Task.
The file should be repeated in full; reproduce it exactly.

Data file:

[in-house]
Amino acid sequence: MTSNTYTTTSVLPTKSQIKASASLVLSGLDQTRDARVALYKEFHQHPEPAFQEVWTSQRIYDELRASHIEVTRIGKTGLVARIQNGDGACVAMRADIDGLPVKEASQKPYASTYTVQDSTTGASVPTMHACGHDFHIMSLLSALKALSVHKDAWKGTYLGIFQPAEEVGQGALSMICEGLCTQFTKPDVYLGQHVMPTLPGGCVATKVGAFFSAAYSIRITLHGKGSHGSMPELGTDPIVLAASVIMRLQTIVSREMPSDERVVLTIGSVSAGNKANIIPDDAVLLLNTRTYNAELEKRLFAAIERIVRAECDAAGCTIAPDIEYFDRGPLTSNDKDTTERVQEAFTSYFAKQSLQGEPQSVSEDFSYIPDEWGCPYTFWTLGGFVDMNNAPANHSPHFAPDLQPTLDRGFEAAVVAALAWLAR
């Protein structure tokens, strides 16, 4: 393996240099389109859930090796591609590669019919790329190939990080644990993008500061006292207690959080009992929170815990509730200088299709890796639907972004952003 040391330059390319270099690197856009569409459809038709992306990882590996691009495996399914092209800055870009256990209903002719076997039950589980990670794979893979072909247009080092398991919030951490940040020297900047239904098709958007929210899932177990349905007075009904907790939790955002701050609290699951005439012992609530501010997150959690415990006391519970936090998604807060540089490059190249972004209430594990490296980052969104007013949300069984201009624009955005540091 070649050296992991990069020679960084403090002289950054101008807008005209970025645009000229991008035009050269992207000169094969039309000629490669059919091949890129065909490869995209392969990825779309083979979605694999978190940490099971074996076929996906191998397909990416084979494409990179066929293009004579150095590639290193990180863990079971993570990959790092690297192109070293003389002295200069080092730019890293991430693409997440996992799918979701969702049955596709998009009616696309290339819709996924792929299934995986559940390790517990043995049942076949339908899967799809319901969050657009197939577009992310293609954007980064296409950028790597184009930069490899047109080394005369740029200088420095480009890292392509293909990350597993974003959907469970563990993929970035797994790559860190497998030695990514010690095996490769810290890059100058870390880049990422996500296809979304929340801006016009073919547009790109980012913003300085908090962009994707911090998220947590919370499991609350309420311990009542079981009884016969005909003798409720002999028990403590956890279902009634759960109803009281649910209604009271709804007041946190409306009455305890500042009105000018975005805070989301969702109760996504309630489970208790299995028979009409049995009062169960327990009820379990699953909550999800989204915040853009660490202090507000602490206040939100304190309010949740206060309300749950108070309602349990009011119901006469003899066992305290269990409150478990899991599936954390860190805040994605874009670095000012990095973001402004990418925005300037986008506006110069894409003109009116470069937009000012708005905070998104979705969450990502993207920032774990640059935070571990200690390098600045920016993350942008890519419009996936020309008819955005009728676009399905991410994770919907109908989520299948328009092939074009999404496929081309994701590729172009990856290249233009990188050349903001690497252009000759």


[in-house]
Amino acid sequence: MTSNTYTTTSVLPTKSQIKASASLVLSGLDQTRDARVALYKEFHQHPEPAFQEVWTSQRIYDELRASHIEVTRIGKTGLVARIQNGDGACVAMRADIDGLPVKEASQKPYASTYTVQDSTTGASVPTMHACGHDFHIMSLLSALKALSVHKDAWKGTYLGIFQPAEEVGQGALSMICEGLCTQFTKPDVYLGQHVMPTLPGGCVATKVGAFFSAAYSIRITLHGKGSHGSMPELGTDPIVLAASVIMRLQTIVSREMPSDERVVLTIGSVSAGNKANIIPDDAVLLLNTRTYNAELEKRLFAAIERIVRAECDAAGCTIAPDIEYFDRGPLTSNDKDTTERVQEAFTSYFAKQSLQGEPQSVSEDFSYIPDEWGCPYTFWTLGGFVDMNNAPANHSPHFAPDLQPTLDRGFEAAVVAALAWLAR
């Protein structure tokens, strides 16, 4: 393996240099389109859930090796591609590669019919790329190939990080644990993008500061006292207690959080009992929170815990509730200088299709890796639907972004952003 040391330059390319270099690197856009569409459809038709992306990882590996691009495996399914092209800055870009256990209903002719076997039950589980990670794979893979072909247009080092398991919030951490940040020297900047239904098709958007929210899932177990349905007075009904907790939790955002701050609290699951005439012992609530501010997150959690415990006391519970936090998604807060540089490059190249972004209430594990490296980052969104007013949300069984201009624009955005540091 070649050296992991990069020679960084403090002289950054101008807008005209970025645009000229991008035009050269992207000169094969039309000629490669059919091949890129065909490869995209392969990825779309083979979605694999978190940490099971074996076929996906191998397909990416084979494409990179066929293009004579150095590639290193990180863990079971993570990959790092690297192109070293003389002295200069080092730019890293991430693409997440996992799918979701969702049955596709998009009616696309290339819709996924792929299934995986559940390790517990043995049942076949339908899967799809319901969050657009197939577009992310293609954007980064296409950028790597184009930069490899047109080394005369740029200088420095480009890292392509293909990350597993974003959907469970563990993929970035797994790559860190497998030695990514010690095996490769810290890059100058870390880049990422996500296809979304929340801006016009073919547009790109980012913003300085908090962009994707911090998220947590919370499991609350309420311990009542079981009884016969005909003798409720002999028990403590956890279902009634759960109803009281649910209604009271709804007041946190409306009455305890500042009105000018975005805070989301969702109760996504309630489970208790299995028979009409049995009062169960327990009820379990699953909550999800989204915040853009660490202090507000602490206040939100304190309010949740206060309300749950108070309602349990009011119901006469003899066992305290269990409150478990899991599936954390860190805040994605874009670095000012990095973001402004990418925005300037986008506006110069894409003109009116470069937009000012708005905070998104979705969450990502993207920032774990640059935070571990200690390098600045920016993350942008890519419009996936020309008819955005009728676009399905991410994770919907109908989520299948328009092939074009999404496929081309994701590729172009990856290249233009990188050349903001690497252009000759």